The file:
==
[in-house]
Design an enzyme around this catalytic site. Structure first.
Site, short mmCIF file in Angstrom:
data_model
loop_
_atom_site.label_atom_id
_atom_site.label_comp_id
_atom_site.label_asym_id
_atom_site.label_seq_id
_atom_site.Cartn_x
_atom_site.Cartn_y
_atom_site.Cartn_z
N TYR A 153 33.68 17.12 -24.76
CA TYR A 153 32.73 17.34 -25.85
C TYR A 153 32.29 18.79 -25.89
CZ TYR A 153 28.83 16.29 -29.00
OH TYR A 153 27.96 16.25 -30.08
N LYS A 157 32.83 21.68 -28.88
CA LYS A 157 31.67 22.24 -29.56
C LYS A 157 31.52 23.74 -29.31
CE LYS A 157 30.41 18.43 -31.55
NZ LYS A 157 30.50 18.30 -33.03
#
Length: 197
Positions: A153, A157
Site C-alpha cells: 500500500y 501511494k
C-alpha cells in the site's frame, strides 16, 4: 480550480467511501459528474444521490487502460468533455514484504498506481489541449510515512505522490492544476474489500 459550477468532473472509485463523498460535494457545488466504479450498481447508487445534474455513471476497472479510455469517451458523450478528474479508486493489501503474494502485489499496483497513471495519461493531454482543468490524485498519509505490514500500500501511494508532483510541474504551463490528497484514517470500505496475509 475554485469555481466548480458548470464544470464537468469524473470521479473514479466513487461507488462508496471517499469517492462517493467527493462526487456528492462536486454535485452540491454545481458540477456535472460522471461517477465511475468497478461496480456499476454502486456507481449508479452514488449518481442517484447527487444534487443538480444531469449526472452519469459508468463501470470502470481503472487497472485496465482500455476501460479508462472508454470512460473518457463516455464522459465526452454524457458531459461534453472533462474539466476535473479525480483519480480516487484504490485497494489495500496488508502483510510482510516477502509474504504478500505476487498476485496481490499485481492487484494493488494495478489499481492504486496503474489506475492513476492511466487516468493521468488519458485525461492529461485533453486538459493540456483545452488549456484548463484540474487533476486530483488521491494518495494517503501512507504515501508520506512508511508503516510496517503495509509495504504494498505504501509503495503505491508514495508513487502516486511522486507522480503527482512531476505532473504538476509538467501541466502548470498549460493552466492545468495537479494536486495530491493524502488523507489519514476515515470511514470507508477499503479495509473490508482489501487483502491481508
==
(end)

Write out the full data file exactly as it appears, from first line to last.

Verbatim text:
[in-house]
Design an enzyme around this catalytic site. Structure first.
Site, short mmCIF file in Angstrom:
data_model
loop_
_atom_site.label_atom_id
_atom_site.label_comp_id
_atom_site.label_asym_id
_atom_site.label_seq_id
_atom_site.Cartn_x
_atom_site.Cartn_y
_atom_site.Cartn_z
N TYR A 153 33.68 17.12 -24.76
CA TYR A 153 32.73 17.34 -25.85
C TYR A 153 32.29 18.79 -25.89
CZ TYR A 153 28.83 16.29 -29.00
OH TYR A 153 27.96 16.25 -30.08
N LYS A 157 32.83 21.68 -28.88
CA LYS A 157 31.67 22.24 -29.56
C LYS A 157 31.52 23.74 -29.31
CE LYS A 157 30.41 18.43 -31.55
NZ LYS A 157 30.50 18.30 -33.03
#
Length: 197
Positions: A153, A157
Site C-alpha cells: 500500500y 501511494k
C-alpha cells in the site's frame, strides 16, 4: 480550480467511501459528474444521490487502460468533455514484504498506481489541449510515512505522490492544476474489500 459550477468532473472509485463523498460535494457545488466504479450498481447508487445534474455513471476497472479510455469517451458523450478528474479508486493489501503474494502485489499496483497513471495519461493531454482543468490524485498519509505490514500500500501511494508532483510541474504551463490528497484514517470500505496475509 475554485469555481466548480458548470464544470464537468469524473470521479473514479466513487461507488462508496471517499469517492462517493467527493462526487456528492462536486454535485452540491454545481458540477456535472460522471461517477465511475468497478461496480456499476454502486456507481449508479452514488449518481442517484447527487444534487443538480444531469449526472452519469459508468463501470470502470481503472487497472485496465482500455476501460479508462472508454470512460473518457463516455464522459465526452454524457458531459461534453472533462474539466476535473479525480483519480480516487484504490485497494489495500496488508502483510510482510516477502509474504504478500505476487498476485496481490499485481492487484494493488494495478489499481492504486496503474489506475492513476492511466487516468493521468488519458485525461492529461485533453486538459493540456483545452488549456484548463484540474487533476486530483488521491494518495494517503501512507504515501508520506512508511508503516510496517503495509509495504504494498505504501509503495503505491508514495508513487502516486511522486507522480503527482512531476505532473504538476509538467501541466502548470498549460493552466492545468495537479494536486495530491493524502488523507489519514476515515470511514470507508477499503479495509473490508482489501487483502491481508